Wednesday, March 16, 2011

Call for Entries: Sarajevo Talent Campus 2011

You may remember that I had the wonderful opportunity to participate as a screenwriter to last year's Sarajevo Talent Campus, and that I posted articles about some of the lectures and sessions we had, like ones with Semih KaplanogluSamuel MaozGaspar Noé ... On top of these great filmmakers, we also had the chance to have a full session with Morgan Freeman (that was an unforgettable experience!).  The whole week was extremely productive and useful, a very rich professional and personal experience. I haven't been as productive as I would have wished to since I got back home and to my day job, but I did work on - and still am developing- some projects. And the Talent Campus definitely boosted me to have faith in my writing and my ideas. 

If you are a filmmaker, producer, screenwriter or actor from Southeast Europe, check out the Sarajevo Talent Campus website to apply for the 5th Sarajevo Talent Campus. The theme this year is Our Time, My Point of View. For more info visit the STC 2011 website.

Tuesday, March 15, 2011

Readers, Authors, Librarians, Publishers... All Against DRM!

If you're against DRM's (Digital Restrictions Management), there is a way to show it. Check the Readers Bill of Rights for digital books and gather the logo's from their website. I have to say I'm extremely tired of restrictions that are forced upon digital books. One recent example of misusing the digital medium to apply absolutely ridiculous restrictions - that aren't even relevant for the print version of a book! - is the 26 check-out policy on digital books HarperCollins has suggested to libraries. Cory Doctorow makes a very good criticism of this in his Guardian article Ebooks: durability is a feature not a bug
A French version of the logo's and the Reader's Bill of Rights exist on the e-bouquin website. Thanks to Clément Monjou for spreading the news on twitter.

Logo's in English on
Logo's in French on

Monday, March 7, 2011

"Au Rendez-vous des poètes" Picasso's Art and Literary Contacts

The Van Gogh Museum in Amsterdam is currently showing Picasso in Paris (1900-1907), an exhibition tracing Picasso's artistic development while in Paris in the beginning of the 20th century. As part of this really nice exhibition and the Museum's Sunday Lectures, Peter Read (professor of modern French literature and visual arts at the University of Kent, Canterbury) gave a talk about Picasso's Art and Literary contacts: "Au Rendez-vous des poètes".

Je pense à toi
au riz de
l'autre soir à te lignes logiques
Moïse et Stendhal
(Picasso, poem to Max Jacob, 1905)

When he came to Paris, Picasso was 19, had no money and no contact in the Parisian art world other than his Spanish friends, artists and anarchists closely watched by the police at the time. By the age of 26, Picasso established himself as a leading avant-garde artist in France and internationally, as explains Peter Read "He was a man with a plan". Picasso showed his determinism and professionalism by working with art dealer and collector Ambroise Vollard for his first parisian solo show.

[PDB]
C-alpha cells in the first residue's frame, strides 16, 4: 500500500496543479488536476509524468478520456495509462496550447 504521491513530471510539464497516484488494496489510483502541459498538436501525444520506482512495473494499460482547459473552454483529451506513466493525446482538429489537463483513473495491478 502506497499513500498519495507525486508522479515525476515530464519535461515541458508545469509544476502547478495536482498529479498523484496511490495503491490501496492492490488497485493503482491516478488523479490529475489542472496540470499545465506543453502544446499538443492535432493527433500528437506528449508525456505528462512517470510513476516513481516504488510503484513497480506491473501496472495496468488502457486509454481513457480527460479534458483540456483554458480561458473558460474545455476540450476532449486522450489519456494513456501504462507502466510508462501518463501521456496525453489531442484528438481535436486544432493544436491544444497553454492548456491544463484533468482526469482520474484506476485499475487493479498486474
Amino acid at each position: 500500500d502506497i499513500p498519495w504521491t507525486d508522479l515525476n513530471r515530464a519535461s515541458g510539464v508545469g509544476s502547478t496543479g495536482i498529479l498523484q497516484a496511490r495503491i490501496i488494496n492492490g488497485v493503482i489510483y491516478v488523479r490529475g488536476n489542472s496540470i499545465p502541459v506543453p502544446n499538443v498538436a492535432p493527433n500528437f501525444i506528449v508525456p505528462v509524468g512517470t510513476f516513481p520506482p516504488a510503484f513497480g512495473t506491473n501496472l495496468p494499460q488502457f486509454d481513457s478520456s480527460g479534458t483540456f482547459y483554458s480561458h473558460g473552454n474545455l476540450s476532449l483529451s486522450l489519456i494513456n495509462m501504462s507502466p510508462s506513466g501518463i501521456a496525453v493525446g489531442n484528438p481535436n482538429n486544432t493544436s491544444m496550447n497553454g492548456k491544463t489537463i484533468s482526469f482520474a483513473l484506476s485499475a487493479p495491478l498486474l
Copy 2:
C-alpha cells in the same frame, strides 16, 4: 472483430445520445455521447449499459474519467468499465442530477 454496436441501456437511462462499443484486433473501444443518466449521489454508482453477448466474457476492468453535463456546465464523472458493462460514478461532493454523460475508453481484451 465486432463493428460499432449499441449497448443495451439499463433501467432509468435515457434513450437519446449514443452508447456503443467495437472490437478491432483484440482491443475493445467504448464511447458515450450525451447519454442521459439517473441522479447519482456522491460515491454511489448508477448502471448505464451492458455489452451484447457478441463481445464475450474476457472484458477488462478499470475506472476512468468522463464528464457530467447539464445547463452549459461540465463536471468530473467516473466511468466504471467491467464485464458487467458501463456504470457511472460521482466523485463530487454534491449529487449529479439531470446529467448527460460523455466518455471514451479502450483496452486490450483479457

Literature and theatre affected Picasso's work. Through his first exhibition in Paris, he met French poet Max Jacob, with whom he later shared a room on the Boulevard Voltaire. Max Jacob was Picasso's first French friend. Jacob used to take him to the theatre - they saw La Boheme twice - and also became Picasso's language tutor. Picasso didn't know French and Max Jacob didn't know Spanish but Jacob would read 19th century French poetry to his friend: Alfred de Vigny would "move them both to tears" writes Jacob in his memoirs. One can see de Vigny's impact on Picasso's work through mentions the painter would make on his painting or drawings. Picasso's first poem in French, explains Read, was to thank Max Jacob "pour te remercier pour ton dessin", and in which he mentions de Vigny's poem "Moïse". In de Vigny's poem, Moses is presented as tragically aware he may not reach his destination. Picasso could identify with this sentiment of exile, explains Read, "he knew his genius but could also identify with the romantic visionary outsider". Max Jacob would also read him Verlaine; the poem Cortège appears in one of Picasso's sketchbooks in which he made drawings inspired by the poem. 

In 1904, Picasso moves to the Bateau Lavoir in Montmartre where he would receive more and more artist friends like Guillaume Apollinaire, André Salmon, Max Jacob and others. Picasso had painted "Au rendez-vous des poètes" on his door. He had fully integrated Parisian cultural life. "The studio became a poetic laboratory and had a really theatrical atmosphere" explains Read. 

In Paris, Picasso has been moving from painting the poor and the beggar from the Blue Period, to artistic achievement as seen in many paintings depicting theatre figures like Arlequin, Pierrot and more. His life in the Bateau Lavoir has also influenced his work showing a new sense of group identity and community. He has also produced hundreds of caricatures which, according to Read "contributed to the cubism period". Guillaume Apollinaire also said that caricatures were key to the development of modern art; Picasso has produced many caricatures of his friend Apollinaire (more about Picasso and Apollinaire on this blog post on the Art Blog by Bob). 

Peter Read concluded his lecture by saying that Picasso's progress from the Blue to the Pink period and to Cubism was definitely influenced by his literary sensibility, his interest in theatre, in Iberian and African sculptures, his talent as a cartoonist, and by his artistic and poetically rich entourage. 

The exhibition, Picasso in Paris is on show at the Van Gogh Museum until 29 May 2011, then at the Museu Picasso in Barcelona from 1 July to 16 October 2011.